Aspiration pneumonia in a trauma case
Front passenger when the car he was in, hit a stationary pole. The passenger was ejected from the car, lost consciousness and was intubated while in the ambulance. A CT trauma series was performed.
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- Left posterobasal lung collapse/consolidation may be secondary to aspiration pneumonia. Minor atelectactic changes in the right lung. Periportal edema secondary to rehydration. Endotracheal tube is in situ.
- No mediastinal hematoma or great vessel injury identified. No pneumothorax, sternal, rib, acetabular or clavicular fracture identified. The liver, spleen, pancreas, kidneys and adrenals are within normal limits. No bowel injury identified. No free intra-abdominal fluid or gas.
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Aspiration pneumonia is defined as a lower respiratory tract infection, due to the aspiration of oral bacterial flora. Trauma patients are at a particular high risk of aspiration pneumonia because they tend to have full stomachs and impaired airway reflexes.
Aspiration pneumonia secondary to trauma is associated with poor outcome, although it is unclear whether this is causation or correlation. The first view is that aspiration is a major preventable factor in the majority of trauma cases2,3. The second view is that aspiration tends to occur in those with severe neurological injury, and these patients are more predisposed to morbidity and mortality4. The corollary of this theory is that patients who were always going to have a poorer outcome will tend to also have aspiration pneumonia.
In one prospective study5, aspiration pneumonia more frequently presented as a bronchopneumonia type pattern with a posterior lung predominance. This is consistent with the case report here demonstrating posterobasal lung collapse.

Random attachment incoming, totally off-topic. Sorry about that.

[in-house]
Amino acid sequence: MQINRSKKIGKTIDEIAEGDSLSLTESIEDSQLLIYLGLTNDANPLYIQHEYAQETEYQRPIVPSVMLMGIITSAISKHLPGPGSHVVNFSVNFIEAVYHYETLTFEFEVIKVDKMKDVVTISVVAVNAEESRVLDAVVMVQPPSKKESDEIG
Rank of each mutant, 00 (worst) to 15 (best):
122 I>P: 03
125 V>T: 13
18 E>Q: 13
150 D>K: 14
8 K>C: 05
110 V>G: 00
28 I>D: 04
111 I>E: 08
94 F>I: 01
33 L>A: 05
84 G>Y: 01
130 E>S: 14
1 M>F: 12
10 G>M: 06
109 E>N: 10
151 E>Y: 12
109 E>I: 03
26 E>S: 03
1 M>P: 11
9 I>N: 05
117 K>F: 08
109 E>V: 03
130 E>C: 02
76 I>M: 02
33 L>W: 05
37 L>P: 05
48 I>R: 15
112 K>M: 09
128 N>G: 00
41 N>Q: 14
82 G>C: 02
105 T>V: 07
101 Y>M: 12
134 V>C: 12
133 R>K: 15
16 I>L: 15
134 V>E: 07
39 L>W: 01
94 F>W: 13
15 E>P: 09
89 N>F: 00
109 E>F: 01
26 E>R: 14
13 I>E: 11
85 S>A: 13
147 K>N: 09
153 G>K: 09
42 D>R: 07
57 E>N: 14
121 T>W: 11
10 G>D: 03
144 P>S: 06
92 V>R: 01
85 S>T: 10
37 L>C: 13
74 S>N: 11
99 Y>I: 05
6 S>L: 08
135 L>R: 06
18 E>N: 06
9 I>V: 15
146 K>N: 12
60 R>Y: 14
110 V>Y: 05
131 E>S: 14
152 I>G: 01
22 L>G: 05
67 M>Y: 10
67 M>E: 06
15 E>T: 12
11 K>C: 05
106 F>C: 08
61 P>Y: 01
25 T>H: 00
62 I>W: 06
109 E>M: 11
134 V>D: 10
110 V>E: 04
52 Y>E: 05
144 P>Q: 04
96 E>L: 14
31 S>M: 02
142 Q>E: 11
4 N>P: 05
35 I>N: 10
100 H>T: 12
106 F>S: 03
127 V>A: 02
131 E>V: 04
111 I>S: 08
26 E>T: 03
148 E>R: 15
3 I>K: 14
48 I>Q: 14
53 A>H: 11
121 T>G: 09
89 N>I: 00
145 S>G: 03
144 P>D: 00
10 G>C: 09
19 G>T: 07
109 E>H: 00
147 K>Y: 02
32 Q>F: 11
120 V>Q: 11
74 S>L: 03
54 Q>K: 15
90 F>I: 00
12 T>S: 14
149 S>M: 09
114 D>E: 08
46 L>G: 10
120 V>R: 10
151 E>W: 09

The management of aspiration pneumonia is with antibiotics. The Australian Antibiotic Therapeutic Guidelines emphasis anaerobic and aerobic sources of infection contributing to aspiration pneumonia. The suggested antibiotic cover is with benzylpenicillin and metronidazole.
Case contributed by A/Prof. Pramit Phal.
- 1. Lockey, D. J., Coats, T. and Parr, M. J. A. (1999), Aspiration in severe trauma: a prospective study. Anaesthesia, 54: 1097–1098. doi: 10.1046/j.1365-2044.1999.00754.x
- 2. Yates DW. Airway patency in fatal accidents. Br Med J. 1978;2 (6097): 1249-51. Free text at pubmed - Pubmed citation
- 3. Hussain LM, Redmond AD. Are pre-hospital deaths from accidental injury preventable?. BMJ. 1994;308 (6936): 1077-80. Free text at pubmed - Pubmed citation
- 4. Ottosson A. Aspiration and obstructed airways as the cause of death in 158 consecutive traffic fatalities. J Trauma. 1985;25 (6): 538-40. Pubmed citation
- 5. Komiya K, Ishii H, Umeki K et-al. Computed tomography findings of aspiration pneumonia in 53 patients. Geriatr Gerontol Int. 2013;13 (3): 580-5. doi:10.1111/j.1447-0594.2012.00940.x - Pubmed citation